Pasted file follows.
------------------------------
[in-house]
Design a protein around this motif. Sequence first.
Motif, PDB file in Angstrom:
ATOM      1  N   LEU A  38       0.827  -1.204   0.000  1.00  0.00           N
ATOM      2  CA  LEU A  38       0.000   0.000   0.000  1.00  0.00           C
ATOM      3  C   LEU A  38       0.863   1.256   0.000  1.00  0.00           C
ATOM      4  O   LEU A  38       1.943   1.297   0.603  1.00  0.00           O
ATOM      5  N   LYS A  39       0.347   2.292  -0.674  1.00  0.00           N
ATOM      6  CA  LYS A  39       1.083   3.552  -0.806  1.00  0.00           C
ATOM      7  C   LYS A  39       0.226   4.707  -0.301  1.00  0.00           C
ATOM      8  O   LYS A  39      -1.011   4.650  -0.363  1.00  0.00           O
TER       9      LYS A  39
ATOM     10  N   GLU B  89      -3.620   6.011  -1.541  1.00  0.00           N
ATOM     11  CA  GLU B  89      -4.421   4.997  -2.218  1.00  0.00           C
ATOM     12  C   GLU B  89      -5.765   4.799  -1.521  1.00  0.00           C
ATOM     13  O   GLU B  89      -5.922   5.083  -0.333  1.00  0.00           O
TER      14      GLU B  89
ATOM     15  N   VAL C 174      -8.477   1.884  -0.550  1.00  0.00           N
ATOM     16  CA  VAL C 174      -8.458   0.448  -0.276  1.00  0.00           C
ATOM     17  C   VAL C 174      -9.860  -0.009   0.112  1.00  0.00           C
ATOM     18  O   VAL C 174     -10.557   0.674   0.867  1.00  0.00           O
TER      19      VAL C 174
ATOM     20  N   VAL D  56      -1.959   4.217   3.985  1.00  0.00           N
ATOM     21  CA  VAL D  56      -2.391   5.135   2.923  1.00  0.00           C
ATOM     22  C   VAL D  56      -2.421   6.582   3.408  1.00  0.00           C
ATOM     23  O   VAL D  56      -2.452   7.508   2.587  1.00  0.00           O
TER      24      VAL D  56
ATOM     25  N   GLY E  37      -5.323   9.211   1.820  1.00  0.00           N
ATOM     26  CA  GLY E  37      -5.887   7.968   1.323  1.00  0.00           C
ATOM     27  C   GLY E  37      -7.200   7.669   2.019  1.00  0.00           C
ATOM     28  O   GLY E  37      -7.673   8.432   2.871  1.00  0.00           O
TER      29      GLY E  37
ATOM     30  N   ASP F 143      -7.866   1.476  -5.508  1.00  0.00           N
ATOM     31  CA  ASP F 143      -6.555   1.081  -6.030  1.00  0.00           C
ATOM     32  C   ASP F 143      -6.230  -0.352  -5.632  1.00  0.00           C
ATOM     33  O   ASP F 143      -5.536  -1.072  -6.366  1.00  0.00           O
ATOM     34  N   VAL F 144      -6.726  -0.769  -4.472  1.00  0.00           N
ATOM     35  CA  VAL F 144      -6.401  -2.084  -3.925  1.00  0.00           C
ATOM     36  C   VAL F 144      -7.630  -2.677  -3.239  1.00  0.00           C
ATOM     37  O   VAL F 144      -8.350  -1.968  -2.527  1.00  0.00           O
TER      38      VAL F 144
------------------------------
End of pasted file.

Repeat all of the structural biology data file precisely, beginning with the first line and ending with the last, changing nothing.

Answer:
[in-house]
Design a protein around this motif. Sequence first.
Motif, PDB file in Angstrom:
ATOM      1  N   LEU A  38       0.827  -1.204   0.000  1.00  0.00           N
ATOM      2  CA  LEU A  38       0.000   0.000   0.000  1.00  0.00           C
ATOM      3  C   LEU A  38       0.863   1.256   0.000  1.00  0.00           C
ATOM      4  O   LEU A  38       1.943   1.297   0.603  1.00  0.00           O
ATOM      5  N   LYS A  39       0.347   2.292  -0.674  1.00  0.00           N
ATOM      6  CA  LYS A  39       1.083   3.552  -0.806  1.00  0.00           C
ATOM      7  C   LYS A  39       0.226   4.707  -0.301  1.00  0.00           C
ATOM      8  O   LYS A  39      -1.011   4.650  -0.363  1.00  0.00           O
TER       9      LYS A  39
ATOM     10  N   GLU B  89      -3.620   6.011  -1.541  1.00  0.00           N
ATOM     11  CA  GLU B  89      -4.421   4.997  -2.218  1.00  0.00           C
ATOM     12  C   GLU B  89      -5.765   4.799  -1.521  1.00  0.00           C
ATOM     13  O   GLU B  89      -5.922   5.083  -0.333  1.00  0.00           O
TER      14      GLU B  89
ATOM     15  N   VAL C 174      -8.477   1.884  -0.550  1.00  0.00           N
ATOM     16  CA  VAL C 174      -8.458   0.448  -0.276  1.00  0.00           C
ATOM     17  C   VAL C 174      -9.860  -0.009   0.112  1.00  0.00           C
ATOM     18  O   VAL C 174     -10.557   0.674   0.867  1.00  0.00           O
TER      19      VAL C 174
ATOM     20  N   VAL D  56      -1.959   4.217   3.985  1.00  0.00           N
ATOM     21  CA  VAL D  56      -2.391   5.135   2.923  1.00  0.00           C
ATOM     22  C   VAL D  56      -2.421   6.582   3.408  1.00  0.00           C
ATOM     23  O   VAL D  56      -2.452   7.508   2.587  1.00  0.00           O
TER      24      VAL D  56
ATOM     25  N   GLY E  37      -5.323   9.211   1.820  1.00  0.00           N
ATOM     26  CA  GLY E  37      -5.887   7.968   1.323  1.00  0.00           C
ATOM     27  C   GLY E  37      -7.200   7.669   2.019  1.00  0.00           C
ATOM     28  O   GLY E  37      -7.673   8.432   2.871  1.00  0.00           O
TER      29      GLY E  37
ATOM     30  N   ASP F 143      -7.866   1.476  -5.508  1.00  0.00           N
ATOM     31  CA  ASP F 143      -6.555   1.081  -6.030  1.00  0.00           C
ATOM     32  C   ASP F 143      -6.230  -0.352  -5.632  1.00  0.00           C
ATOM     33  O   ASP F 143      -5.536  -1.072  -6.366  1.00  0.00           O
ATOM     34  N   VAL F 144      -6.726  -0.769  -4.472  1.00  0.00           N
ATOM     35  CA  VAL F 144      -6.401  -2.084  -3.925  1.00  0.00           C
ATOM     36  C   VAL F 144      -7.630  -2.677  -3.239  1.00  0.00           C
ATOM     37  O   VAL F 144      -8.350  -1.968  -2.527  1.00  0.00           O
TER      38      VAL F 144